• Mason Jars – pens, pencils, markers or lid can be mounted under a shelf so jar can be unscrewed open
  • Clear storage container with clear lid – rubber stamps (place bottom layer with rubber facing up, top layer with rubber facing down)

Once you’ve finished crafting, you can clean up bits of scrap paper, pencil shavings, googly eyes, and any other messes with a central vacuum system that’s more powerful than a traditional push model. With a variety of quick clean accessories, workshops and craft rooms can stay cleaner than ever with very little effort.


Playroom and Toy Organization

Toy RoomIt happens in spite of our best intentions. A birthday party here, a doting grandparent there, a neighborhood garage sale with deals too good to pass up, and you’ve got a story titled something like Toys Take Over.

Looking for a happy ending? Try these strategies to keep your kids’ play stuff under control:

    Ever notice how your kids can have a room stuffed with toys and end up playing for hours with the box your refrigerator came in? Sometimes the simplest things give more pleasure and fire the imagination, as well. Make toy selections with this thought in mind: Is this an impulse buy? How long will my child play with this in relation to its cost—not to mention the space it takes up in my home?
    Too many toys at one time can actually overwhelm a child. Store a third of them away at any given time—chances are unless you’ve mistakenly picked a current favorite, they won’t even notice their absence. Every month or so, bring back the stored toys and stow away some more. Your child will feel like it’s Christmas all over again, and the house stays neater.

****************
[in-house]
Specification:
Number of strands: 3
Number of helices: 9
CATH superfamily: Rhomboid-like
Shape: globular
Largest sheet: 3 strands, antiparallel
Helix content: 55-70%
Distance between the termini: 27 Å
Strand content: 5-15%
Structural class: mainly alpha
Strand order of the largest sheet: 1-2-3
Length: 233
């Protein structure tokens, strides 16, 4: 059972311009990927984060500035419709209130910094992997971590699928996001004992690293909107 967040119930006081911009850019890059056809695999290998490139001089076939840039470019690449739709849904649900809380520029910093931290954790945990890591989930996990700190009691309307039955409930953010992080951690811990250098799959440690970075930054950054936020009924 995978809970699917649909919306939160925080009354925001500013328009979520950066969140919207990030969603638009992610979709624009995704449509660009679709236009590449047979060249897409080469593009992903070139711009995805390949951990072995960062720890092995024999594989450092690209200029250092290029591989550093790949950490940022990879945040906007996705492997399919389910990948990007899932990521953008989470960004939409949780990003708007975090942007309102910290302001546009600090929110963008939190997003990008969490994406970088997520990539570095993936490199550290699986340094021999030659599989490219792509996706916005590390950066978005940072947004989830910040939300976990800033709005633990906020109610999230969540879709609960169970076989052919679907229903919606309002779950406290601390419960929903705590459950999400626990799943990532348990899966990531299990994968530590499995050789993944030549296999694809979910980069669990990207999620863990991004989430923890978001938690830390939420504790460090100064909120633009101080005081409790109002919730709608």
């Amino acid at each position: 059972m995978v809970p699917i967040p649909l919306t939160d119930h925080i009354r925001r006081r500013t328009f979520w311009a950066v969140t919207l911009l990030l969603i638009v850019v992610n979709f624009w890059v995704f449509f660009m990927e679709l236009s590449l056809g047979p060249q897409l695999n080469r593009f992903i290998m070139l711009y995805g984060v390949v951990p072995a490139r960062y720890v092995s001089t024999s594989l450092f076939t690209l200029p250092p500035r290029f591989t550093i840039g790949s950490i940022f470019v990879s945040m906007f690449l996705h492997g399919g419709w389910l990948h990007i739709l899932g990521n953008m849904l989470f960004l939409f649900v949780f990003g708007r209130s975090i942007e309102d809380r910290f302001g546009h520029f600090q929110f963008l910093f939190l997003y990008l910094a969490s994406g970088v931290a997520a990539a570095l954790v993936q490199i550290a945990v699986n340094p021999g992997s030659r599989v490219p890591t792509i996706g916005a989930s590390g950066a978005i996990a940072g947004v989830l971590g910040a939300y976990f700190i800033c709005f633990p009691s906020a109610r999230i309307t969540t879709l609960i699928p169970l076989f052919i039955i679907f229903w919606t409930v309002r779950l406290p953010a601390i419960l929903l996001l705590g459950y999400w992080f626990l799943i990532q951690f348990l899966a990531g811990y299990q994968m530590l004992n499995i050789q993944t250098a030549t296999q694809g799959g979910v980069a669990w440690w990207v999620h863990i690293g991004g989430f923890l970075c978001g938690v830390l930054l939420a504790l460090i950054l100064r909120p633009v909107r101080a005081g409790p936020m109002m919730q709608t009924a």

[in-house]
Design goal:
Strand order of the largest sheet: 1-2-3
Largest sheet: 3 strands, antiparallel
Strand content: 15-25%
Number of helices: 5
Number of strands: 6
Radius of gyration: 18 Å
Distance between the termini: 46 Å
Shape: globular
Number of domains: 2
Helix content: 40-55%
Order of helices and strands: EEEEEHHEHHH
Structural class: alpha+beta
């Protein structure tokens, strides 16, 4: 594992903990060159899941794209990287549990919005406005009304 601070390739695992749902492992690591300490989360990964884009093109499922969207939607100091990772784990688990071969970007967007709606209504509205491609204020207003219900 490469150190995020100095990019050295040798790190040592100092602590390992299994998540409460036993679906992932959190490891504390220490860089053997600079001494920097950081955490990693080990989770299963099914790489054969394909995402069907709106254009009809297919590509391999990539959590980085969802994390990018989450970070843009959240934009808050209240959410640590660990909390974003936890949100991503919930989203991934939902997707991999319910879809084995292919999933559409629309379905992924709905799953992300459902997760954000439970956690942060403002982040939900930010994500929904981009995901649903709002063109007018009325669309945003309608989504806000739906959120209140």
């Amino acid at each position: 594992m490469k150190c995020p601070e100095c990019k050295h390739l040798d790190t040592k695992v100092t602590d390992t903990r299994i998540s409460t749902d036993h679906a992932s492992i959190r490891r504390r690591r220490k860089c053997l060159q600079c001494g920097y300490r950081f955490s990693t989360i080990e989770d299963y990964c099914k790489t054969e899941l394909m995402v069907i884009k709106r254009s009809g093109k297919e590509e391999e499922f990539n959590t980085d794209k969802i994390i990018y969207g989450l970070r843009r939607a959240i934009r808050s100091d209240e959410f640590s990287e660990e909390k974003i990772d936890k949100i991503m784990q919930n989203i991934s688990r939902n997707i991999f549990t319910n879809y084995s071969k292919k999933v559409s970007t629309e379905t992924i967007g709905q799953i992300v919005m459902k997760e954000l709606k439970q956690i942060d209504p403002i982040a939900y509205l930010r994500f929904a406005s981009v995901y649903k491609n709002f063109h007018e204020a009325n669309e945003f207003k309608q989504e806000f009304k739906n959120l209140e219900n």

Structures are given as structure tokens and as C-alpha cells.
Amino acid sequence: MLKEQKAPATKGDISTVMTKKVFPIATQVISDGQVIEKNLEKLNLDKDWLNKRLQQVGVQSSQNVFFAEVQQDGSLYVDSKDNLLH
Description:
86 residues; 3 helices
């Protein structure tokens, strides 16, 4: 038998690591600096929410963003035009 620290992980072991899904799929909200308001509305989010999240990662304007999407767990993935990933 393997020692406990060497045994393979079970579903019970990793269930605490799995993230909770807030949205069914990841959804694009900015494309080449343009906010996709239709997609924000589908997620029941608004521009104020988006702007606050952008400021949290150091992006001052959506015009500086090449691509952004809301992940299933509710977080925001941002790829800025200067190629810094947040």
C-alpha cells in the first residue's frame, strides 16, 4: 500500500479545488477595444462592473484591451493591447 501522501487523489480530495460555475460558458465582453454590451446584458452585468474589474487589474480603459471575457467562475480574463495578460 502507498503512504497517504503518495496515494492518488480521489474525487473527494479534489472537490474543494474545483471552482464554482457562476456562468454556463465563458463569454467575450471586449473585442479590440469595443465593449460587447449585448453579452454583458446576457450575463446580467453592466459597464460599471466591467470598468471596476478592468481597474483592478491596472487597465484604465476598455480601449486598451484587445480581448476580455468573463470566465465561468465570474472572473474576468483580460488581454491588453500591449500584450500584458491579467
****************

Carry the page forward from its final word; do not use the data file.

Resist the urge to aspire to a play area that resembles a stylish catalog photo, with a few lovely toys displayed for visual effect and the others stowed in neatly stacked, aesthetically pleasing containers, especially if you have toddlers. You’ll drive yourself, not to mention your kids, batty. Rather, be practical and set up reasonable expectations. Choose clear tubs or large baskets without cumbersome lids, so items inside are easily visible.
  • Sort smaller items separately from larger toys; otherwise the small things just sink to the bottom and the whole tub will get overturned in searches for Mr. Potato Head’s hat. Some parents tape a picture of the toy category on the front of a bin to help their tots stay organized.
  • If it’s difficult to keep toys confined to just one room of the house, you can hang a pretty gift bag on a door handle or stand one up in the corner to temporarily store playthings that wander in.
    Don’t stack bins more than two deep, and use low shelves. Avoid storage units with sharp edges, or add small adhesive cushions to their corners. Tall units are too tempting for little ones to climb in search of out-of-reach toys, with results that can be tragic. If you must use a tall unit, bolt it securely to the wall and keep items attractive to children only on the low shelves. Also, while your grandmother’s toy chest might be sentimentally valuable to you, it may not be practical. Heavy lids can smash fingers and heads, and if it’s painted, there may be a lead hazard.
    Depending on your personal tolerance for mess, you can schedule mini-cleanup sessions a few times a day, or wait until bedtime for one clean swoop. Either way, expect your child to participate. Just make cleanup sessions age appropriate in length, and try to insert a measure of fun, like straightening up to the tune of their ABC’s or a favorite song.